Museums and Schools – Mutualism in the Cultural realm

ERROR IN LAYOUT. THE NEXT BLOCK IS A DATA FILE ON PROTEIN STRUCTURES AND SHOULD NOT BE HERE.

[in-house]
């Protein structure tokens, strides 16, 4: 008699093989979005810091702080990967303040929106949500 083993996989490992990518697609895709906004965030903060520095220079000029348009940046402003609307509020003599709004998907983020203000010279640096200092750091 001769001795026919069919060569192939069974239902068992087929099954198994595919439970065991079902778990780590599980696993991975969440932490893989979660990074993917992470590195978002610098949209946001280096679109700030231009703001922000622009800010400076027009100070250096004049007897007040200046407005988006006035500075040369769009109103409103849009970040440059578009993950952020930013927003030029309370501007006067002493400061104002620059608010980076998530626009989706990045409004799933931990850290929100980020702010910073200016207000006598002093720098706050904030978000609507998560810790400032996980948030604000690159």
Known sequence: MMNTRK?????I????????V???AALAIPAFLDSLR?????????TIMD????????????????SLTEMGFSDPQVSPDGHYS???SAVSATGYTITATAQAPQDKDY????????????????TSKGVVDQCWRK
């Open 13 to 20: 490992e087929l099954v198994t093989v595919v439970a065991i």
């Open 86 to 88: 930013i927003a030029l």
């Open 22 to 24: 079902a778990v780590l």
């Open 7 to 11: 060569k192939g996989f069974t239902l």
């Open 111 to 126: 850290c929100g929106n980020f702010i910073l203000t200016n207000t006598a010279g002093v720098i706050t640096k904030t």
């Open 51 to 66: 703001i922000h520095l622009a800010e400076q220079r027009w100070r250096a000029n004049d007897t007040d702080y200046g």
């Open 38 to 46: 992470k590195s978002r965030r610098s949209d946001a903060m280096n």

In biological terms mutualism describes a close and often long-term relationship between two different species where both species derive benefit. For example Clown Fish and Sea Anemones demonstrate mutualism because Anemones provide the Clown Fish with protection from predators whilst Clown fish defend the Anemones from Butterfly fish who like to eat Anemones. There is great scope for cultural facilities such as museums to establish such mutually beneficial relationships with schools. It is promising to see that more teachers in and around Wagga Wagga are realising the educational value of our museum. This year we have seen a significant increase in school group visitation at both our museum sites. There are numerous advantages for the museum and surrounding schools in developing this relationship. For the museum the advantages have included fostering a new generation of museum stakeholders – supporting sustainable growth, an increase in visitor numbers and breaking that stereotypical mould that the museum is just full of “old stuff” that has little to no relevance to our younger audiences. I see a significant opportunity for museums to support teachers in their role through the provision of curriculum linked educations resources and excursion opportunities. For students entering the world of museums can create a valuable learning experience. Providing students with the chance to explore, investigate and discover museum content and stories can facilitate a variety of key developmental outcomes e.g. the development of social capital, lifelong learning skills, sense of identity and place, and an appreciation of cultural diversity. For museums the purpose of education programs is to provide an access point for audiences to engage with museum content. It’s important when designing this access point to provide students with opportunities to complete activities that they wouldn’t be able to complete in a classroom environment. That means avoiding the old worksheet and finding alternative solutions such as museum theatre and practical workshops. Whilst hosting the National Archives of Australia - travelling exhibition Max Dupain: On Assignment we used featured images as stimulus material for drama games that required students to imagine what the subjects of these photographs were thinking and feeling as well as why Max Dupain decided to include them in his work. Find ways to make organising an excursion to your museum easier for teachers. Provide clear links to the curriculum and venue and safety information for your museum site. A lot of schools plan excursions in term 3 or 4. Ideally it’s best to get your promotional material out to schools at this time or as early as possible. Try to minimise admission costs (remember just getting the students to your museum can be a costly exercise) and consult with teachers prior to the excursion whether or not they have specific requirements such as students with special learning needs. Continual evaluation both informal and formal is vital for maintaining the quality and effectiveness of education programs and services. A good philosophy to follow when measuring the success of education programs is to focus on what the students learnt rather than what you have taught. Informal evaluation strategies may include summation questions at the end of the program e.g. what was an interesting story that you learnt today? Formal evaluation strategies can include evaluation surveys for teachers and students. You can do this using hard copy evaluation sheets or online using websites such as One major goal we have in terms of education is cracking the secondary students market which can be challenging given teenager’s strict criteria as to what constitutes being entertaining and ‘cool’ (what ever the in vogue term may be). In developing our social media strategies and online content we hope to more readily connect with this audience. Using social media websites such as Slideshare, Flickr and Vimeo we plan to upload curriculum relevant education resources such as podcasts and video as well create opportunities for students to develop and display their own multimedia content. In using the above strategies we hope to continue fostering a positive and mutually beneficial relationship with local schools and students in Wagga Wagga and surrounding regions. If you would like any more information go to our website